Closer collaboration with the local space industry is a key Defence priority according to chief of joint capabilities Lieutenant General John Frewen, with commercial capabilities becoming increasingly important in “complementing and augmenting Defence’s Space Command culture and structures’.
General Frewen opened the Space Industry Association of Australia’s annual Southern Space conference on Tuesday, about three and a half months after Space Command was formlly moved from the Air Force to the joint capability group. He outlined Defence’s priorities for the space domain, with an emphasis building local capability.
“To date, Australia has been reliant on our international allies and partners for space access. We value our relationships and the partnerships our allies and partners have extended to us. But we now feel it is time to give back and to be a much more active contributor in the space domain.”
However, he later flagged that Defence will still look to “share capability amongst allies…first and foremost”.
“While Defence looks to leverage the Australian space industry where possible, our international partners and allies are still necessary to ensure Australia’s space capabilities and resilience are not compromised,” he said.
General Frewen said that space is “very much a team game”, meaning the Department will remain “closely dependent on our industry partners” regarding the development and maintenance of space capabilities even if there is a transition “through competition into conflict”.
The overarching aim of Defence’s space program will be to increase Australia’s contribution to assuring access to space in the Indo-Pacific region, and to deter adversaries. As such, General Frewen said Defence must ensure it is a “fully integrated part of the increasingly multi-domain capabilities and systems both among the ADF and our key allies and partners”.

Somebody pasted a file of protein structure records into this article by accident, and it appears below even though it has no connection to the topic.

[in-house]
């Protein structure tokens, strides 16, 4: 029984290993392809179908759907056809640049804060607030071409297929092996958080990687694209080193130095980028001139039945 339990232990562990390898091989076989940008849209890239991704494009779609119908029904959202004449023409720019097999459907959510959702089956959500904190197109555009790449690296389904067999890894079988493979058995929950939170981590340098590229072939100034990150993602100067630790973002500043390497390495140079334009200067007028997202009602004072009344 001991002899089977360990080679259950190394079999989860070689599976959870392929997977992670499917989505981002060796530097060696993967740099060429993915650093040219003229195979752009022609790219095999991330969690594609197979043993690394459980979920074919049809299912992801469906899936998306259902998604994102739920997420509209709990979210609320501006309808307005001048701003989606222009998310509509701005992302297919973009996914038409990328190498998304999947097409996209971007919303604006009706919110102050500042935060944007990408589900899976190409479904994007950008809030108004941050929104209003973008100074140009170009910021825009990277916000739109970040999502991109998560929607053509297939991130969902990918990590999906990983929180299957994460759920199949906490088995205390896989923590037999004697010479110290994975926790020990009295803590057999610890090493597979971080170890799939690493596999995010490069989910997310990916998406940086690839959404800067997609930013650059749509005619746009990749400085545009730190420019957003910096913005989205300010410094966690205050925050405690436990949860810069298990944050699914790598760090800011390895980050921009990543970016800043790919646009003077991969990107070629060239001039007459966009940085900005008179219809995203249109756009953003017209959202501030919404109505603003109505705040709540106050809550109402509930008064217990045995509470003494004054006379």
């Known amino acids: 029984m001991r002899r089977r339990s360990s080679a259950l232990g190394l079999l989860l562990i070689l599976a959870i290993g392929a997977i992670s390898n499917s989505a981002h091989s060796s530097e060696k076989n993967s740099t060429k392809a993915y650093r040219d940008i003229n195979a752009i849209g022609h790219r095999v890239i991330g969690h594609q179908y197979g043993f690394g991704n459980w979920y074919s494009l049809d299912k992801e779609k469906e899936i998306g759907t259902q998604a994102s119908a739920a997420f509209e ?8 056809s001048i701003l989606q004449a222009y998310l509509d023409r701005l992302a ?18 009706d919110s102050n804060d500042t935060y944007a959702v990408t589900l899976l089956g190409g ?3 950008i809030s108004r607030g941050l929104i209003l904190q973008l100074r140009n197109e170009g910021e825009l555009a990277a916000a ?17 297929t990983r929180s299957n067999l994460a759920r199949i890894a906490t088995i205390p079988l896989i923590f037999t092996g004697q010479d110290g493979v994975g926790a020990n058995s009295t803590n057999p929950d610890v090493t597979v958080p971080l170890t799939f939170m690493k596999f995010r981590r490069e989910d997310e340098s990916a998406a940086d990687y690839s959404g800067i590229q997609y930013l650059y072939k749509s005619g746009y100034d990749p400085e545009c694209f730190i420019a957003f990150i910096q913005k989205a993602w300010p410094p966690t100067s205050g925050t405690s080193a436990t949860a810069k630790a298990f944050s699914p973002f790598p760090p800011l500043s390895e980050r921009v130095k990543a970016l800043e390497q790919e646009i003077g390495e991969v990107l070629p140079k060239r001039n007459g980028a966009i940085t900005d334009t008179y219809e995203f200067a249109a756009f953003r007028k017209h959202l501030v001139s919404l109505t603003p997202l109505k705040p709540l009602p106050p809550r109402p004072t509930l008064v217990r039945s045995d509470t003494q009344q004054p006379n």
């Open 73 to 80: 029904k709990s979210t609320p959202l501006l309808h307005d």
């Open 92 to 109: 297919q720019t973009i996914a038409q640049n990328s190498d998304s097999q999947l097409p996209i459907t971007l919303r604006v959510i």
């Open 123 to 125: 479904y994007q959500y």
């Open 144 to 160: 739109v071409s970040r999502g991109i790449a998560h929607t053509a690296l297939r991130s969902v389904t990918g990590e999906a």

For the local space industry to remain commercially sustainable, Defence cannot be the only customer “and I note all space capabilities have dual military and civilian uses”, General Frewen said. He noted that Defence Space Command and the Australian Space Agency “have complementary but different roles in achieving Australia’s military and civil space objectives”.
“While Defence space capability requirements are increasing, Defence is unlikely to support the commercial business model without additional non-defence customers. This includes our satellite and ground station requirements as well as any future launch requirements,” Lieutenant General Frewen said.
“Commercial capabilities will play an increasingly important role in complementing and augmenting Defence’s Space Command culture and structures.”
Because space technology development moves quickly, he noted that “the current defence capability lifecycle process is too slow”. According to a finding in the Defence Strategic Review released earlier this year, there was a need for “another rapid acquisition [program] for smaller rapid acquisition project”, General Frewen said.
He also highlighted the importance of building space control capabilities – “the ability to protect and defend our own [space] capacities while we do seek to assert our own capacities at the same time”.
Responding to another question, he also highlighted the importance of building space control capabilities – “the ability to protect and defend our own [space] capacities while we do seek to assert our own capacities at the same time”.
“Now that’s hard for a big organisation like ours and it does depend on tolerances in government for for risk and the like, but we are working through all of that. It’s not easy, but it is going to be absolutely essential.
“Defence isn’t the best organisation for rapid innovation, industry is far better for that. So that’s why we need to work together to figure out how to best to best achieve this going forward, because the cycle of competition will be like the cycle of conflict of, adaption and counter adaption.”
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